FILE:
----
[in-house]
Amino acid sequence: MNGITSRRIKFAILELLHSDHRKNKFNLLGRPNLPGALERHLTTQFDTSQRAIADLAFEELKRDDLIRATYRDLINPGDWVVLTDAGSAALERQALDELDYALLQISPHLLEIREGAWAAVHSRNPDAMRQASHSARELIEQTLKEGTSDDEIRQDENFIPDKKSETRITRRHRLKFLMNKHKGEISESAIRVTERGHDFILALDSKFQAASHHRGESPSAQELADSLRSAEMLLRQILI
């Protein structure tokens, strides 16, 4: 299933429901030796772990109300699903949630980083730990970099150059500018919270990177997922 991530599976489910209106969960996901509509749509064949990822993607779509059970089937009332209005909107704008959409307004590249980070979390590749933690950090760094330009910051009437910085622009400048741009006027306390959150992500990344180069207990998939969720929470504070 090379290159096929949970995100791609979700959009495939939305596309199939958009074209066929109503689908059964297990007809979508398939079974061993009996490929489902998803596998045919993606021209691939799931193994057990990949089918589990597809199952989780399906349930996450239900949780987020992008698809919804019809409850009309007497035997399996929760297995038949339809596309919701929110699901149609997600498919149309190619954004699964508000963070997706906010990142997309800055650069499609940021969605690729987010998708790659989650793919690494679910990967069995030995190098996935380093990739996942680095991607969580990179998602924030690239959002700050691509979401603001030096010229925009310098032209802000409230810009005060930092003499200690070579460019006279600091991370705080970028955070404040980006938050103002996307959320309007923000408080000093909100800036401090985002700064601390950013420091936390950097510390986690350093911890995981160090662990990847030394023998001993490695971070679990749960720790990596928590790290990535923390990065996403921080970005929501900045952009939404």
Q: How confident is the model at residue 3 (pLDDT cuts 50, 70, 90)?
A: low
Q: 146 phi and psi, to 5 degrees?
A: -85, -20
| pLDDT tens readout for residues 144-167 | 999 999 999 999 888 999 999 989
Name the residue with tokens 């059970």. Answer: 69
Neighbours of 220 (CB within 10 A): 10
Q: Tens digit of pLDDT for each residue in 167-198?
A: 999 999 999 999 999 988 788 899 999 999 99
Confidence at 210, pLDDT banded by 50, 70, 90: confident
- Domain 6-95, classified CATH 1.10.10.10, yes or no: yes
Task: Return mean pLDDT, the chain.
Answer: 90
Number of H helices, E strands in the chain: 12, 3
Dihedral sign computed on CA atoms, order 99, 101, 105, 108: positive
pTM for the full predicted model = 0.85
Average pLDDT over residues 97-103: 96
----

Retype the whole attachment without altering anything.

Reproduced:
[in-house]
Amino acid sequence: MNGITSRRIKFAILELLHSDHRKNKFNLLGRPNLPGALERHLTTQFDTSQRAIADLAFEELKRDDLIRATYRDLINPGDWVVLTDAGSAALERQALDELDYALLQISPHLLEIREGAWAAVHSRNPDAMRQASHSARELIEQTLKEGTSDDEIRQDENFIPDKKSETRITRRHRLKFLMNKHKGEISESAIRVTERGHDFILALDSKFQAASHHRGESPSAQELADSLRSAEMLLRQILI
């Protein structure tokens, strides 16, 4: 299933429901030796772990109300699903949630980083730990970099150059500018919270990177997922 991530599976489910209106969960996901509509749509064949990822993607779509059970089937009332209005909107704008959409307004590249980070979390590749933690950090760094330009910051009437910085622009400048741009006027306390959150992500990344180069207990998939969720929470504070 090379290159096929949970995100791609979700959009495939939305596309199939958009074209066929109503689908059964297990007809979508398939079974061993009996490929489902998803596998045919993606021209691939799931193994057990990949089918589990597809199952989780399906349930996450239900949780987020992008698809919804019809409850009309007497035997399996929760297995038949339809596309919701929110699901149609997600498919149309190619954004699964508000963070997706906010990142997309800055650069499609940021969605690729987010998708790659989650793919690494679910990967069995030995190098996935380093990739996942680095991607969580990179998602924030690239959002700050691509979401603001030096010229925009310098032209802000409230810009005060930092003499200690070579460019006279600091991370705080970028955070404040980006938050103002996307959320309007923000408080000093909100800036401090985002700064601390950013420091936390950097510390986690350093911890995981160090662990990847030394023998001993490695971070679990749960720790990596928590790290990535923390990065996403921080970005929501900045952009939404």
Q: How confident is the model at residue 3 (pLDDT cuts 50, 70, 90)?
A: low
Q: 146 phi and psi, to 5 degrees?
A: -85, -20
| pLDDT tens readout for residues 144-167 | 999 999 999 999 888 999 999 989
Name the residue with tokens 């059970």. Answer: 69
Neighbours of 220 (CB within 10 A): 10
Q: Tens digit of pLDDT for each residue in 167-198?
A: 999 999 999 999 999 988 788 899 999 999 99
Confidence at 210, pLDDT banded by 50, 70, 90: confident
- Domain 6-95, classified CATH 1.10.10.10, yes or no: yes
Task: Return mean pLDDT, the chain.
Answer: 90
Number of H helices, E strands in the chain: 12, 3
Dihedral sign computed on CA atoms, order 99, 101, 105, 108: positive
pTM for the full predicted model = 0.85
Average pLDDT over residues 97-103: 96